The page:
Friday, October 19, 2018

WIRTW #528 (the “paranoid” edition)


It's been a few months, but Fake ID was finally back on stage last weekend.


There's not much in life that makes me happier than seeing Norah perform.

Here's what I read this week:

Thursday, October 18, 2018

Essential functions are judged by operational realities, not job descriptions


Tony Gunter worked as a press operator for Bemis, Inc., printing graphics for the outside of Huggies diapers. In January 2013, he injured his right shoulder on the job, continued to work for the next seven months, and ultimately opted for surgery when his ongoing physical therapy did not cure the injury.

He returned to his press operator job in December 2013 with temporary restrictions: no reaching with his right arm and no performing overhead work.

Wednesday, October 17, 2018

Timing of retaliation is key factor in reinstatement of employee's lawsuit


"See something, say something" is one of the most important elements of any workplace intent on stopping harassment. Employers are supposed to empower employees to report any harassment they witness, whether or not they are the target. Key to this idea is ensuring that employees who report harassment do not suffer retaliation as result. Retaliation of any kind will chill efforts of employees to say what they see.

With this background in mind, consider Donley v. Stryker Sales Corp. (7th Cir. 10/15/18) [pdf].

Tuesday, October 16, 2018

OSHA softens its hard line against workplace safety incentive programs and post-incident drug testing


It's been two years since OSHA announced its hard-line interpretation of its then newly announced anti-retaliation rules—that using incentive programs to penalize workers for reporting work-related injuries or illnesses, and that conducting post-incident drug testing without a reasonable possibility that employee drug use could have contributed to the reported injury or illness, constitutes unlawful retaliation under OSHA.

Last week, OSHA published a memo, which specifically clarifies that it "does not prohibit workplace safety incentive programs or post-incident drug testing." [emphasis in original]

What does this mean?

Monday, October 15, 2018

The 17th nominee for the “worst employer of 2018” is … the hedonistic harasser


Some call it horseplay. I call it sexual assault. And the 17th nominee for the Worst Employer of 2018.

Robert Smith worked behind the meat counter at Rosebud Farm, a small Chicago grocery store. It only took a few weeks after he started work for his male coworkers (including his direct supervisor) to start harassing him. They groped and grabbed his genital and buttocks. They reached down his pants. They repeatedly mimed oral and anal sex on him. And they did this for four years.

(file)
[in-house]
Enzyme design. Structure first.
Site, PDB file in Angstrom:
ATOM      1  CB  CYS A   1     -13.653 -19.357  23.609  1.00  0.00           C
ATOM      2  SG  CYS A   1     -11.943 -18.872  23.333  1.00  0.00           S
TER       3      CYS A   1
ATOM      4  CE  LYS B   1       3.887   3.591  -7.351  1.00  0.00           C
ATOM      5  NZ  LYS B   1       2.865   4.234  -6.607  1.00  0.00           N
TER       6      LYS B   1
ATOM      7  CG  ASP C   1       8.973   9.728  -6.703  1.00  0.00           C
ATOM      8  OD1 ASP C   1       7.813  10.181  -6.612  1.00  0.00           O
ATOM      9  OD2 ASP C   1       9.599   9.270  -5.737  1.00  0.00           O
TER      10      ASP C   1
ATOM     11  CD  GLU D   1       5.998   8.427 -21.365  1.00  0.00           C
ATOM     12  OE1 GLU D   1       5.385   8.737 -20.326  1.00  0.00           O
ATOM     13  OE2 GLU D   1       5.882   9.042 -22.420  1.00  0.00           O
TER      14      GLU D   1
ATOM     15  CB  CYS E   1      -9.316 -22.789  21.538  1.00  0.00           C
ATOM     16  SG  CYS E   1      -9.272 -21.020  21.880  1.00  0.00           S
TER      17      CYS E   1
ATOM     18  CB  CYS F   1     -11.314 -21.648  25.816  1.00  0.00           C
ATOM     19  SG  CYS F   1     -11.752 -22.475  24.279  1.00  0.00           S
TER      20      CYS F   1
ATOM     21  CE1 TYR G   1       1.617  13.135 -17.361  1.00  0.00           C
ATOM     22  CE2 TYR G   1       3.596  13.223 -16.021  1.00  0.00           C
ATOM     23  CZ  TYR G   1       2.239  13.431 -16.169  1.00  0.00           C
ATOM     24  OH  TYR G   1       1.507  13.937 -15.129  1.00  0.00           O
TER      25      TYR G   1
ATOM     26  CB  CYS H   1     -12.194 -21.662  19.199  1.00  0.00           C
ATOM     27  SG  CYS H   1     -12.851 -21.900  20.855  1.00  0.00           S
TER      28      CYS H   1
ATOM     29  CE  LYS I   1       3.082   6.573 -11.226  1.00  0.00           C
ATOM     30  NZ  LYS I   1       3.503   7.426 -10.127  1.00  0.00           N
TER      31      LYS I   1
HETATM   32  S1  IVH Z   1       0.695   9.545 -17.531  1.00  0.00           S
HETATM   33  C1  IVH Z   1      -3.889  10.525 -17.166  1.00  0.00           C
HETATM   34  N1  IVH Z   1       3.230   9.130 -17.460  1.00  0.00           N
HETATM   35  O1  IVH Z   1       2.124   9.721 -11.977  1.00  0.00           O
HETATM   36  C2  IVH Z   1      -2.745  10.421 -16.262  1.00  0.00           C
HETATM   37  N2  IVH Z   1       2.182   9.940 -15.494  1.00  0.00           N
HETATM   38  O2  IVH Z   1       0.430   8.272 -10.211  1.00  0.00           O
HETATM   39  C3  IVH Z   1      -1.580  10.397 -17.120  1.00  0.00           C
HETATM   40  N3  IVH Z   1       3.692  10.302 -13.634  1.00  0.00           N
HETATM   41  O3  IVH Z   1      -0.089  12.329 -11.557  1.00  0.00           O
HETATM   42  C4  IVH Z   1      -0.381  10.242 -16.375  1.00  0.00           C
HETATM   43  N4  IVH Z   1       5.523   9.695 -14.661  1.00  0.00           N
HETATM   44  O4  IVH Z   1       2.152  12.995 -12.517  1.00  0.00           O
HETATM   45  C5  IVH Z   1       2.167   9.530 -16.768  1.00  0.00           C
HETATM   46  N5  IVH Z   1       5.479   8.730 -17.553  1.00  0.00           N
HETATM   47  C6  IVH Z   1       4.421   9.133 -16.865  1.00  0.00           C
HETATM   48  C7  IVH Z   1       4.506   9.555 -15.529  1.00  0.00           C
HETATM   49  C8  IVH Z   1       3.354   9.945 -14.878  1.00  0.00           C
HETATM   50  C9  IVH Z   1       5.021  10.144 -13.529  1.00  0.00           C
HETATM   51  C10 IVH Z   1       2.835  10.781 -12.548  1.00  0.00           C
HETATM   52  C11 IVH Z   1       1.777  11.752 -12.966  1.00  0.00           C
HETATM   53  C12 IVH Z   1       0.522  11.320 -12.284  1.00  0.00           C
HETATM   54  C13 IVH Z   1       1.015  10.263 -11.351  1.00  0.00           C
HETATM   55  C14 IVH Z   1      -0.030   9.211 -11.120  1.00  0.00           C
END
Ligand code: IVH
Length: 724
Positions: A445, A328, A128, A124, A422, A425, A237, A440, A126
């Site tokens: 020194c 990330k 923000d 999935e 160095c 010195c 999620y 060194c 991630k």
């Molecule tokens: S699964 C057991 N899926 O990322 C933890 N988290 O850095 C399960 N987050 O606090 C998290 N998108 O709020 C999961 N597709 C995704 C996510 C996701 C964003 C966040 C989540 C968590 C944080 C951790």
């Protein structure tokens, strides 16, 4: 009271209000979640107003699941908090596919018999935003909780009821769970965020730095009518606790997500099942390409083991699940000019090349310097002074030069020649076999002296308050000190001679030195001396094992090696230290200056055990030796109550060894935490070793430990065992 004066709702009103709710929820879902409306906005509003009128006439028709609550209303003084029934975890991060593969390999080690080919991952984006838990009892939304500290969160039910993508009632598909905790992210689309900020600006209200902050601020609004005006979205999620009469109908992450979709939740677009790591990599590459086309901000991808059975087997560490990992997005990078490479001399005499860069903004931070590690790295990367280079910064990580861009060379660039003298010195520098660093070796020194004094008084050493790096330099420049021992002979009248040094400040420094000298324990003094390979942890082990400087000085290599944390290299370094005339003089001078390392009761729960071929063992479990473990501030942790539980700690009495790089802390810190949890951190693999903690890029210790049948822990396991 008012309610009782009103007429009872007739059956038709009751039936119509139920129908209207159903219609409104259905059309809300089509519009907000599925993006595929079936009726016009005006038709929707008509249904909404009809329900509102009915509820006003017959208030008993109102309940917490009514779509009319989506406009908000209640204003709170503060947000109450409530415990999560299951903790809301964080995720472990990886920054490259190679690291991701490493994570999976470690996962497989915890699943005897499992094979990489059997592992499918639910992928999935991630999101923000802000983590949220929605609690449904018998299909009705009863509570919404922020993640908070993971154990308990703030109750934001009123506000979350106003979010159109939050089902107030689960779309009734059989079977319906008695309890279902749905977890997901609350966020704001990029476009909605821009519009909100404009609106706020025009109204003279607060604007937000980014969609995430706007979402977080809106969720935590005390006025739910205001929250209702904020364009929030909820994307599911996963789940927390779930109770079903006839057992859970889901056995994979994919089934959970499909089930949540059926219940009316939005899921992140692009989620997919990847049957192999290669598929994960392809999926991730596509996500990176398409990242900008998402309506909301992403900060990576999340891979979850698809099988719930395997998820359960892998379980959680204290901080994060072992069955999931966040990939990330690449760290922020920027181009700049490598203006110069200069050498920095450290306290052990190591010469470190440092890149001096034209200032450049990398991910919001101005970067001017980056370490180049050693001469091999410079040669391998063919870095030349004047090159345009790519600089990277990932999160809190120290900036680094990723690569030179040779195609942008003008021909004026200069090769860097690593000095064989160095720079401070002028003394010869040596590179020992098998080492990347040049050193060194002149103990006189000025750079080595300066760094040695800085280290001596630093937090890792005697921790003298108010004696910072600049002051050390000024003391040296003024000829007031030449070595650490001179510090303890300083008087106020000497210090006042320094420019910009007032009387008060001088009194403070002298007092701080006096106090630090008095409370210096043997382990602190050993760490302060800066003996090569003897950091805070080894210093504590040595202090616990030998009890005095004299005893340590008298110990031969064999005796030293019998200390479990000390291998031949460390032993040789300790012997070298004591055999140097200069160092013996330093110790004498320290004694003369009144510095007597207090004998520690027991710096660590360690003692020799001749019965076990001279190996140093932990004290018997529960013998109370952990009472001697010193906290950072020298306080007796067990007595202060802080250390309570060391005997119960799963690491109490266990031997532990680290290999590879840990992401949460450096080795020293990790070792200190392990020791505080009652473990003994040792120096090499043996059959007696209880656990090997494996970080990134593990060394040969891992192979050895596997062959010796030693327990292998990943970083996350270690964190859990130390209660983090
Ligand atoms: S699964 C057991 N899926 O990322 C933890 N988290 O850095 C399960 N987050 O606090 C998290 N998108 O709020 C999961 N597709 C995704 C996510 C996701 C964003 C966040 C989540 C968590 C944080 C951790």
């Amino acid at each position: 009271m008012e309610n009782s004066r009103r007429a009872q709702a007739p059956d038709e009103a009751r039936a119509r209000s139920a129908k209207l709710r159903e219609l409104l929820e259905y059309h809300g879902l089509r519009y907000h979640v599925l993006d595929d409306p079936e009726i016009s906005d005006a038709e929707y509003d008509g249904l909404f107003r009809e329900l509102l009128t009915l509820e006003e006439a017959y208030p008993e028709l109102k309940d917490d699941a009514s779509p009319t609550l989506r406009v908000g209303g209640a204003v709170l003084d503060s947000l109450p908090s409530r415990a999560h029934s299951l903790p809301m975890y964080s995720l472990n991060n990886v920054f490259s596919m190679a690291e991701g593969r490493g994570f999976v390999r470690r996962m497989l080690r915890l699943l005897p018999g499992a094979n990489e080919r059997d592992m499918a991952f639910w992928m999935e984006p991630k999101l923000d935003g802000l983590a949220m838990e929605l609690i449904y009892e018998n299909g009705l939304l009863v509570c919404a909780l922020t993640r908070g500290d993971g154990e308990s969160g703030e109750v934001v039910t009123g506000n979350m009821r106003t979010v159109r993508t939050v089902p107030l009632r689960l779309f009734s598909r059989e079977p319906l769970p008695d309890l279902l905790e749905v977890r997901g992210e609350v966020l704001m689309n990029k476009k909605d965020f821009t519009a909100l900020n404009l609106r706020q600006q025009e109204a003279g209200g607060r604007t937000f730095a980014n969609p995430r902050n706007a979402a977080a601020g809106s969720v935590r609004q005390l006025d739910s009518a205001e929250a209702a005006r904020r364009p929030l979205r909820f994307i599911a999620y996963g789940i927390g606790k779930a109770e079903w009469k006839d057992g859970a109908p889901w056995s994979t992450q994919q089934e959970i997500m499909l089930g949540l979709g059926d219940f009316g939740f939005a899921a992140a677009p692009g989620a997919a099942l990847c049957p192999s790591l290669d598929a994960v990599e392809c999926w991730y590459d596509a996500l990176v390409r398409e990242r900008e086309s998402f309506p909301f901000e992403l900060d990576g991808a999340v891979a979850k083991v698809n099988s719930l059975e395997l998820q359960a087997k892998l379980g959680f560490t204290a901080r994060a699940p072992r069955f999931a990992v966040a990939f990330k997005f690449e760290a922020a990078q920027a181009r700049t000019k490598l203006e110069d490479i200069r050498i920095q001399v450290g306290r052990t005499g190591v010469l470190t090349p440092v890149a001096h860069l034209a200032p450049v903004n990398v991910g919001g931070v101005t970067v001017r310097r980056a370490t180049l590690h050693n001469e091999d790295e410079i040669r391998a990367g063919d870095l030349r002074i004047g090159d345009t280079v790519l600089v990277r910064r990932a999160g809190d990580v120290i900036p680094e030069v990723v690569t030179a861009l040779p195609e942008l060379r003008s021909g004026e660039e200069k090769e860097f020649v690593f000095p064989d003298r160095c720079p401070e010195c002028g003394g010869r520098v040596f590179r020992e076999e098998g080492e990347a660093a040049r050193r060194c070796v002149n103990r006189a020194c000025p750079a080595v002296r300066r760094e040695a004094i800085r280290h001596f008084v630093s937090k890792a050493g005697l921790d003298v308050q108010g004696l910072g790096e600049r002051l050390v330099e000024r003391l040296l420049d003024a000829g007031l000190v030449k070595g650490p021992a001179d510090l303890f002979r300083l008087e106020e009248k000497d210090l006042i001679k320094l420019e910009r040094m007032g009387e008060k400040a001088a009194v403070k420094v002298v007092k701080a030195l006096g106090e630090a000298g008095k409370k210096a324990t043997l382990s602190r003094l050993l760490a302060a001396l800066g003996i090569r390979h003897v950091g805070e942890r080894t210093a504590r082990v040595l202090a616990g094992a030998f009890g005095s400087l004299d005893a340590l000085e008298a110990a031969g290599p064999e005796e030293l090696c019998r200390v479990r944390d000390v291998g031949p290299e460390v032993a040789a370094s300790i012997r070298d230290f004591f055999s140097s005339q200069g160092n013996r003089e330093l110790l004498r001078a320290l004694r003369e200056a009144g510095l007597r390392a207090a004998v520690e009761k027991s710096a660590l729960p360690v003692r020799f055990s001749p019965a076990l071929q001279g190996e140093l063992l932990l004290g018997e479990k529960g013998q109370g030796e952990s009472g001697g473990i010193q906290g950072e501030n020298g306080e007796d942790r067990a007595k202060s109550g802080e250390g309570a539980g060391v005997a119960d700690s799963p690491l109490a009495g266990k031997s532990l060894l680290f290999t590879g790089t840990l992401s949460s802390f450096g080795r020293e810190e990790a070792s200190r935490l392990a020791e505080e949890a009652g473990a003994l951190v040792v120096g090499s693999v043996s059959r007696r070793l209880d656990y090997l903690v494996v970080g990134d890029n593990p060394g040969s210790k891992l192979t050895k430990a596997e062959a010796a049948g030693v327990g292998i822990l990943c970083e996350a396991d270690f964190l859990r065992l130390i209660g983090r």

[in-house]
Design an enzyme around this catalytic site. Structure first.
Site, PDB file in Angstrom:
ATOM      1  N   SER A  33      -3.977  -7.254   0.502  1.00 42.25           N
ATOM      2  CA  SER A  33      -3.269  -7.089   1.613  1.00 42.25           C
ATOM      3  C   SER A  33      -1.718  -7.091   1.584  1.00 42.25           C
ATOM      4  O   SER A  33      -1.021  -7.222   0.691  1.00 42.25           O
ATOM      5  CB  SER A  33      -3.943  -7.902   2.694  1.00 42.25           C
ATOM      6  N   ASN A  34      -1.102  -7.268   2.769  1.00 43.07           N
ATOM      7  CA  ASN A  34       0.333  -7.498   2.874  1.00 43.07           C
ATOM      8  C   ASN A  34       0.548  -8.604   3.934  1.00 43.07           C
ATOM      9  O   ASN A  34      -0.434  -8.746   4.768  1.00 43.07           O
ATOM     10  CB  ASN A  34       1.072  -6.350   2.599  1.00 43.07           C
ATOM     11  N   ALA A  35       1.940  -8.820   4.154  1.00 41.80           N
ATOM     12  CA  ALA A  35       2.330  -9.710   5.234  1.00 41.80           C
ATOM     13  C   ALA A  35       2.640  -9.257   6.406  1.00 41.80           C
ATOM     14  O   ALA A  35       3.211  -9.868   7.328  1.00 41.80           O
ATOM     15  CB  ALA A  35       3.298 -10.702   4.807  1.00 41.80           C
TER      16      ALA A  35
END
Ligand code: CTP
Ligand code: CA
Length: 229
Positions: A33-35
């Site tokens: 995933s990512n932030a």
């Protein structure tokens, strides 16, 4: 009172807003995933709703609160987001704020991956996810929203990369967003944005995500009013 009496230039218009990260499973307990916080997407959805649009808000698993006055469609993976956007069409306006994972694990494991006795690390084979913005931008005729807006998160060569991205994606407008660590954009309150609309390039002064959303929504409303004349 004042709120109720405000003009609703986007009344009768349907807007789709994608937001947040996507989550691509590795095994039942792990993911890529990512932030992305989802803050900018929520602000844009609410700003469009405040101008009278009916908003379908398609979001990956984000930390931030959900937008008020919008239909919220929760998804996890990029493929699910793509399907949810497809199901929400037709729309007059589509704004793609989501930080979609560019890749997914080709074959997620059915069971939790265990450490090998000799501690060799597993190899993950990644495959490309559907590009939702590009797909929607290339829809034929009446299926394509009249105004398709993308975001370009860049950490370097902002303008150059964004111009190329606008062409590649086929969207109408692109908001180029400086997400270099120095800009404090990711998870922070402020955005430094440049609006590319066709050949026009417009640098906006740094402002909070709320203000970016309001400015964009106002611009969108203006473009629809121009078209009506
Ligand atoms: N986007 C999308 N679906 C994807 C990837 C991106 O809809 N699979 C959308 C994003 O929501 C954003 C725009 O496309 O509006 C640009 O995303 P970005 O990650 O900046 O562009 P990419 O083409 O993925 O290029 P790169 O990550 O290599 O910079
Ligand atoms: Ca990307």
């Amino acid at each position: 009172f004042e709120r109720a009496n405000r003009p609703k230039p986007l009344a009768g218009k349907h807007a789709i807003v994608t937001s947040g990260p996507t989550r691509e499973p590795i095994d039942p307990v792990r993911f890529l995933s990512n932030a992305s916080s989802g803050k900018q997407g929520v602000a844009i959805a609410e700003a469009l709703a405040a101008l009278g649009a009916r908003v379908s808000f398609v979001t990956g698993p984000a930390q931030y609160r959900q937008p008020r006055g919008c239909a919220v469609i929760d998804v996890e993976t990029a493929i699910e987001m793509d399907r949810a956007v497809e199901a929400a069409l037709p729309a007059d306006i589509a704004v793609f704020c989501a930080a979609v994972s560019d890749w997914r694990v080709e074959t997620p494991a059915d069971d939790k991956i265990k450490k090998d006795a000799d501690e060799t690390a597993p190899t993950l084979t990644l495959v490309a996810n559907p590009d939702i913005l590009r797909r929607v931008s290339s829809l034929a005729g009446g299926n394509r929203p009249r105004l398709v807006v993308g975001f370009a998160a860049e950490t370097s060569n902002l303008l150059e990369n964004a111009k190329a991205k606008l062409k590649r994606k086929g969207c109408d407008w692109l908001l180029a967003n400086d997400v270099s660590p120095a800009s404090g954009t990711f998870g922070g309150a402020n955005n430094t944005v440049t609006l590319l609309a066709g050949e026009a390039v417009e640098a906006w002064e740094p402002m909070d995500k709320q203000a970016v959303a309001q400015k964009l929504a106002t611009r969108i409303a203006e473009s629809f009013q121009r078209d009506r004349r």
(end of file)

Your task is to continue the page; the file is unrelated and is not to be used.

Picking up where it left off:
Friday, October 12, 2018

WIRTW #527 (the “Yeezy” edition)


There's a lot to say about Kanye's bizarre Oval Office meeting with President Trump.

But the most shocking? His iPhone password is "000000."


Please, please, please, DO NOT DO WHAT KANYE DOES.

According to howsecureismypassword.net, Kanye's password can be cracked instantly. In other words, it's not a password at all.

You can read more about the importance of password security for you and your employees here.

Here's what else I read this week:

Thursday, October 11, 2018

Make your business cyber-aware for National Cybersecurity Awareness Month


October is National Cybersecurity Awareness Month.

Let's see how good your cyber-awareness is.

Do you know the top method of cyber-attack?

Wednesday, October 10, 2018

#HimToo is a BAD bandwagon on which to jump in your workplace


#HimToo

A hashtag started as a reaction to #MeToo, put forth by those who believe that false accusations of rape and sexual assault against men are common and happen way too often.

Employers, #HimToo is dangerous to your workplace.

Tuesday, October 9, 2018

How does one measure the impact of #MeToo at its first anniversary?


It's been one year since the the New York Times reported allegations of sexual misconduct against Harvey Weinstein that started the #MeToo movement. Since, at least 425 prominent people across industries have been publicly accused of sexual misconduct.

The story, however, goes beyond the rich, and the famous, and the powerful. #MeToo has permeated every corner of our culture.

The EEOC just released its preliminary data on its handling of sexual harassment charges for its 2018 fiscal year—October 1, 2017, through September 30, 2018—a year that syncs almost too perfectly with the first year of #MeToo.

Monday, October 8, 2018

Court reminds that economic realities, not corporate formalities, govern independent contractor status


The distinction between independent contractors and employees continues to confound employers.

At issue in Acosta v. Jani-King of Oklahoma (10th Cir. 10/3/18) [pdf] is whether the Department of Labor could continue its FLSA claims on behalf of individuals who provide cleaning services as franchisees of a janitorial company. If the franchisees are independent contractors, then the FLSA does not coverthem. If, however, the company misclassified them as independent contractors, then the DOL has something to litigate.

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